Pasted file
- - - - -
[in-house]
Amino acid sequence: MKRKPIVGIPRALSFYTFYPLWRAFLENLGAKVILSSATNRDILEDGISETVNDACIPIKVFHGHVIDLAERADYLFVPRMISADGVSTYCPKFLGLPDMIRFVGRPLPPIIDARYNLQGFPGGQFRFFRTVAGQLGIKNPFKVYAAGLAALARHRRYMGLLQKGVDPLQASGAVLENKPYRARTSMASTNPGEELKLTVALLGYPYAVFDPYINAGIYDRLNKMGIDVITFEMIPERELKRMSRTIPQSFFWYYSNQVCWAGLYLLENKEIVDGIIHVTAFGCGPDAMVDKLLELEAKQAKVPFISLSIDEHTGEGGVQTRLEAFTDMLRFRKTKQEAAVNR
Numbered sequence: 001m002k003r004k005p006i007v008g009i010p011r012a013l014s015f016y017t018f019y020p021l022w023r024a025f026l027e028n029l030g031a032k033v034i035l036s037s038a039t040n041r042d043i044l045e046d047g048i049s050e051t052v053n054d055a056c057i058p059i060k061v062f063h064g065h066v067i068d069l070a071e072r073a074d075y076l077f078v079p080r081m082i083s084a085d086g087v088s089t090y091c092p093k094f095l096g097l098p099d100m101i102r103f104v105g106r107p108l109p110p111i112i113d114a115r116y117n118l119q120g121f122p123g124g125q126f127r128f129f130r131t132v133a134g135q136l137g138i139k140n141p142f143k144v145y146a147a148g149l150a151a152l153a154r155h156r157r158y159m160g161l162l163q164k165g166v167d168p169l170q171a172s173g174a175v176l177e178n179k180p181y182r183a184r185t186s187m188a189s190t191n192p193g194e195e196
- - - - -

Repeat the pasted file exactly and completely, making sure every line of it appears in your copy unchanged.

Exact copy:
[in-house]
Amino acid sequence: MKRKPIVGIPRALSFYTFYPLWRAFLENLGAKVILSSATNRDILEDGISETVNDACIPIKVFHGHVIDLAERADYLFVPRMISADGVSTYCPKFLGLPDMIRFVGRPLPPIIDARYNLQGFPGGQFRFFRTVAGQLGIKNPFKVYAAGLAALARHRRYMGLLQKGVDPLQASGAVLENKPYRARTSMASTNPGEELKLTVALLGYPYAVFDPYINAGIYDRLNKMGIDVITFEMIPERELKRMSRTIPQSFFWYYSNQVCWAGLYLLENKEIVDGIIHVTAFGCGPDAMVDKLLELEAKQAKVPFISLSIDEHTGEGGVQTRLEAFTDMLRFRKTKQEAAVNR
Numbered sequence: 001m002k003r004k005p006i007v008g009i010p011r012a013l014s015f016y017t018f019y020p021l022w023r024a025f026l027e028n029l030g031a032k033v034i035l036s037s038a039t040n041r042d043i044l045e046d047g048i049s050e051t052v053n054d055a056c057i058p059i060k061v062f063h064g065h066v067i068d069l070a071e072r073a074d075y076l077f078v079p080r081m082i083s084a085d086g087v088s089t090y091c092p093k094f095l096g097l098p099d100m101i102r103f104v105g106r107p108l109p110p111i112i113d114a115r116y117n118l119q120g121f122p123g124g125q126f127r128f129f130r131t132v133a134g135q136l137g138i139k140n141p142f143k144v145y146a147a148g149l150a151a152l153a154r155h156r157r158y159m160g161l162l163q164k165g166v167d168p169l170q171a172s173g174a175v176l177e178n179k180p181y182r183a184r185t186s187m188a189s190t191n192p193g194e195e196